|Title:||Influenza Vaccination for Pregnant Women|
|Document ID:||Operational Directive OD 0423/13|
|Date of issue:||Wednesday, 13 March 2013|
|Status:||NO LONGER APPLICABLE|
|Description:||The purpose of this Operational Directive is to advise Department of Health staff that all pregnant women should be offered influenza vaccination as part of routine antenatal care.|
|Period of effect:||from 20 February 2013 to 20 February 2018|
|Authorised by:||Kim Snowball, Director General, Department of Health WA, 11-Mar-2013|
|Print version:||View print version|
Influenza Vaccination for Pregnant Women
The purpose of this Operational Directive is to advise Department of Health (DoH) staff that all pregnant women should be offered influenza vaccination as part of routine antenatal care.
The Royal Australian and New Zealand College of Obstetricians and Gynaecologists (RANZCOG) continues to strongly endorse routine vaccination of all pregnant women against influenza.1 This endorsement supports existing recommendations of the National Health and Medical Research Council and the Australian Technical Advisory Group on Immunisation.2 3
Preventing influenza during pregnancy is an essential part of antenatal care because pregnant women are at increased risk of serious illness due to influenza.4
Excess morbidity and mortality in pregnant women with influenza compared with non-pregnant women of similar age with influenza has been well documented.5 6
The influenza vaccine can be administered to women during any stage of pregnancy, and while breast feeding. The safety of influenza vaccination during pregnancy is well established; no study to date has shown an adverse consequence of inactivated influenza vaccine in pregnant women or their offspring.7 8 9
Active placental transfer of maternal antibodies makes influenza vaccine during pregnancy a highly effective measure to protect infants from influenza during the first 6 months of life.10 11 12
Both maternal and infant benefit is now proven, with one case of serious maternal or infant respiratory illness prevented for every 5 pregnant women who are vaccinated.1
In recognition of the benefits of protecting pregnant women and their newborns against influenza, the Department of Health recommends that all pregnant women should be offered influenza vaccination as part of routine, comprehensive, antenatal care.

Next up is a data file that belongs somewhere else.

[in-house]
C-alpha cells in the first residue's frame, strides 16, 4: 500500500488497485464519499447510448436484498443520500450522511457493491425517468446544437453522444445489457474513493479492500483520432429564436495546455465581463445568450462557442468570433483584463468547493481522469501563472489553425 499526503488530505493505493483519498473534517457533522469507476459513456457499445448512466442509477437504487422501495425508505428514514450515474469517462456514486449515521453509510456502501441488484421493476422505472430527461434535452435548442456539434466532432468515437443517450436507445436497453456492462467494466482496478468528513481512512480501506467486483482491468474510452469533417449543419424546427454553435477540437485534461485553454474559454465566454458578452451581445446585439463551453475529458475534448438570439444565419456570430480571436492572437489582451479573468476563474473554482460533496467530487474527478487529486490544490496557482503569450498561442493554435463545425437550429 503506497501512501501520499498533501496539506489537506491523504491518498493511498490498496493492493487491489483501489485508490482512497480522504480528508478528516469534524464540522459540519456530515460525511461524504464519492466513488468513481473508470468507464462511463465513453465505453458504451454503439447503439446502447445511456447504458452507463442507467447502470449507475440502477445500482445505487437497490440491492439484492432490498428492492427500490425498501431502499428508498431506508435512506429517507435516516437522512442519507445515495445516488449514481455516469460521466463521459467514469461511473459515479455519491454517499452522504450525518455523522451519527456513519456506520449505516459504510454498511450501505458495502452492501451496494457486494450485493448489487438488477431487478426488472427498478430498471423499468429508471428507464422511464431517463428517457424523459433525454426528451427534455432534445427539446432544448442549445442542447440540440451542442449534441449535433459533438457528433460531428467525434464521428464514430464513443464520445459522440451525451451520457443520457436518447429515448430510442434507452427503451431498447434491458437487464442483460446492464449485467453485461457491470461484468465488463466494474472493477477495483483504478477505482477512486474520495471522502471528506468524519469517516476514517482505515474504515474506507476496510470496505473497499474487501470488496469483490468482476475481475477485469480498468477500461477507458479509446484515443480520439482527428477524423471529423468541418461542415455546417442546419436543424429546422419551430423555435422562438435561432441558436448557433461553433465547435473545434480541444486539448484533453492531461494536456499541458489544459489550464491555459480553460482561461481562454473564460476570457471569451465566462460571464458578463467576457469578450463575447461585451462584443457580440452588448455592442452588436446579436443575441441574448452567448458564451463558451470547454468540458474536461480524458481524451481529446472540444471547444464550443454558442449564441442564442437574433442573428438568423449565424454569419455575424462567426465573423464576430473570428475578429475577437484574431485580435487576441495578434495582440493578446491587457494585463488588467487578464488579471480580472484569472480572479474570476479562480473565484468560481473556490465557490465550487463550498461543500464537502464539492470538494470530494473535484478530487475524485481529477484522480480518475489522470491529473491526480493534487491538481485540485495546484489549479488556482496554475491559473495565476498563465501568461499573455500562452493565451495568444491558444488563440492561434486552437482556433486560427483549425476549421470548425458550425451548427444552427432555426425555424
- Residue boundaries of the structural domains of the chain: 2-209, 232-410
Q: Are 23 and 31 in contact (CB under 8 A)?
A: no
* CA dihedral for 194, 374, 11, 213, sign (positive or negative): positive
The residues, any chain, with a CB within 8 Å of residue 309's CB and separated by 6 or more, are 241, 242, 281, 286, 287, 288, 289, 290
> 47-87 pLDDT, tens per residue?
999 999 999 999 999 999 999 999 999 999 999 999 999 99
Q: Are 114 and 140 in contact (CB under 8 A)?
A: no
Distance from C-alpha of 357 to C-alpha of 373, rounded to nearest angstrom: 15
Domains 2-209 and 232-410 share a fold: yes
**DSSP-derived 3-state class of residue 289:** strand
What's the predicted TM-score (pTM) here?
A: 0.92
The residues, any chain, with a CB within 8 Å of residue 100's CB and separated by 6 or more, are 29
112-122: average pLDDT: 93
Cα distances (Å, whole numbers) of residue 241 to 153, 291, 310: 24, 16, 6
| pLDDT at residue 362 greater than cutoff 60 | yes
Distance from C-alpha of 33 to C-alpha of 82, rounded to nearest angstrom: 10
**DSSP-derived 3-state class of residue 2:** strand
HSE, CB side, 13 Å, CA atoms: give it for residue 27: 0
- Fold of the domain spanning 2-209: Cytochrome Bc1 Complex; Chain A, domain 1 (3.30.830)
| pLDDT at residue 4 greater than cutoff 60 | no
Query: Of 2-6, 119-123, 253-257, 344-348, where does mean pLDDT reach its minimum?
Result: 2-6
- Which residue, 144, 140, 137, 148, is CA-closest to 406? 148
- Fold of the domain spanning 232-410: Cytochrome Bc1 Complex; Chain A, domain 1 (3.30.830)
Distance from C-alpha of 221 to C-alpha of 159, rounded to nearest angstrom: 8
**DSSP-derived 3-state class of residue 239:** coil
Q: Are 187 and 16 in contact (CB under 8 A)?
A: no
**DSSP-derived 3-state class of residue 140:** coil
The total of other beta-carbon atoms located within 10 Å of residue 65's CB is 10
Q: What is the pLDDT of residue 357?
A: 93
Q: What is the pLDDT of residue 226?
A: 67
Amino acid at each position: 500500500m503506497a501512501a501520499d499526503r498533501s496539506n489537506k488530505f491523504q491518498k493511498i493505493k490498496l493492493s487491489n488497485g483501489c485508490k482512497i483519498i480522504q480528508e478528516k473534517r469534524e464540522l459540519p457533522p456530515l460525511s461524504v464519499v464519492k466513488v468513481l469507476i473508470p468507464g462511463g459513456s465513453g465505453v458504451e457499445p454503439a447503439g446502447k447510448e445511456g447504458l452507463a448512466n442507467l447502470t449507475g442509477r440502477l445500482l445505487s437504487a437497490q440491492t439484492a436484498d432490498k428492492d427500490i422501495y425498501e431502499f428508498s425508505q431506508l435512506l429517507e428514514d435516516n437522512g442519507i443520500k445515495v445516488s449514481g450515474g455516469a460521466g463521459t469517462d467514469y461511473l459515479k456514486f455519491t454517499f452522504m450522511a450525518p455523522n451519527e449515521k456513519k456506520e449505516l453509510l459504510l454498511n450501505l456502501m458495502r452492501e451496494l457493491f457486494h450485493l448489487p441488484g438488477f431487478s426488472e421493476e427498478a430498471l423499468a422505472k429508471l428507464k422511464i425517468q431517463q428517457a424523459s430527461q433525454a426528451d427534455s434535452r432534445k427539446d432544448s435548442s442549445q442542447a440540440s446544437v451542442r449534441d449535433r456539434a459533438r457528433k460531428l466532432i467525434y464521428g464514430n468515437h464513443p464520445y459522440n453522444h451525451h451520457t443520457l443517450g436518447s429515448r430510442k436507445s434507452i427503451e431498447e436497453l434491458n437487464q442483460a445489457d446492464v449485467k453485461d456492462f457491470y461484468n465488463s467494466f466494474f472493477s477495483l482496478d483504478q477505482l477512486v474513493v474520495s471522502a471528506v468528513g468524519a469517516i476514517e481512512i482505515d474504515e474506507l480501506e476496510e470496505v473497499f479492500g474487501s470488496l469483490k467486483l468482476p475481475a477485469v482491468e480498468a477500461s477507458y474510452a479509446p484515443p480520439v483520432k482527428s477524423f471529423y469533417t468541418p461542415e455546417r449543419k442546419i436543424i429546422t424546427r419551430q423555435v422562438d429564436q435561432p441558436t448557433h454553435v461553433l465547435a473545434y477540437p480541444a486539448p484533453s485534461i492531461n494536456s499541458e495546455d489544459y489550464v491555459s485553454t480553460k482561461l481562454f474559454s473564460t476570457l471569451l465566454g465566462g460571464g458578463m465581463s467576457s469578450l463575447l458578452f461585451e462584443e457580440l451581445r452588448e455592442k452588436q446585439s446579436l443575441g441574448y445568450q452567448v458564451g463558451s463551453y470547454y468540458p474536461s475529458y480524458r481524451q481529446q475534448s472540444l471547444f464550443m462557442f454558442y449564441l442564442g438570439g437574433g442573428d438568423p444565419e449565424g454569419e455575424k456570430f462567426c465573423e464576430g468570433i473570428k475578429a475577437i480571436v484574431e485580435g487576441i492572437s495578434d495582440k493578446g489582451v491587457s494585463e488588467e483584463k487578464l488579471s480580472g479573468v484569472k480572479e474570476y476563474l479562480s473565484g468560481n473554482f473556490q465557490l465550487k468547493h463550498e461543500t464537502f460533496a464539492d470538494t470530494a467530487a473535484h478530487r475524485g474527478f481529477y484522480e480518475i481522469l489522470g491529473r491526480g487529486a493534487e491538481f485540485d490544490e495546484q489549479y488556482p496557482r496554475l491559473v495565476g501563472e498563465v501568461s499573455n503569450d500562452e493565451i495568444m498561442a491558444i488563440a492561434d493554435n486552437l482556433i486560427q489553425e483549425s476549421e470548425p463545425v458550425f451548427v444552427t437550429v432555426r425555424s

Vaccination early in the annual influenza season, regardless of gestational age, is optimal, but unvaccinated pregnant women should be immunized at any time vaccine is available. Influenza vaccine for the forthcoming season is usually available in WA from March each year.
Midwives, and Registered and Enrolled Nurses, are authorised to administer influenza vaccine under the direction of the medical officer overseeing the care of the patient, in accordance with existing institutional antenatal care policies.
4. OBTAINING INFLUENZA VACCINE FOR USE IN ANTENATAL CARE
The Australian Government Department of Health and Ageing provides free influenza vaccine for pregnant women as part of the National Immunisation Program.13 To receive influenza vaccination, pregnant women should visit their local doctor, antenatal clinic or their immunisation provider (e.g. community health immunisation clinics). It is important to note that the vaccine is provided at no cost; however, a consultation fee may apply in private practice.
5. REPORTING REQUIREMENTS
To comply with quality assurance for the surveillance of influenza vaccination uptake, all Health Services must ensure that influenza vaccines administered to pregnant women in antenatal clinics are recorded in their electronic patient record data base. For those Health Services that do not have access to an electronic patient record data base, a copy of the Antenatal Influenza Vaccination Authorisation and Consent Form (Appendix 1) must be faxed to CDCD 08 9388 4877. GP private practices are requested to fax the reporting form allocated to them to CDCD, fax 08 9388 4877.
6. ORDERING INFLUENZA VACCINES
Orders for influenza vaccine for pregnant women can be placed via the on-line vaccine ordering system at http://colors.csldirect.com.au. Vaccine deliveries generally commence around March each year, coinciding with the national launch of the influenza vaccination program for that year.
WA Department of Health facilities in the metropolitan area that do not have access to the on-line ordering system can telephone the Communicable Disease Control Directorate on 9388 4835.
WA Department of Health facilities in regional areas which are not yet using the on-line system should order influenza vaccines via their regional pharmacy, as per the current practice.
This circular last updated: Wednesday, 13 March 2013 at 12:11pm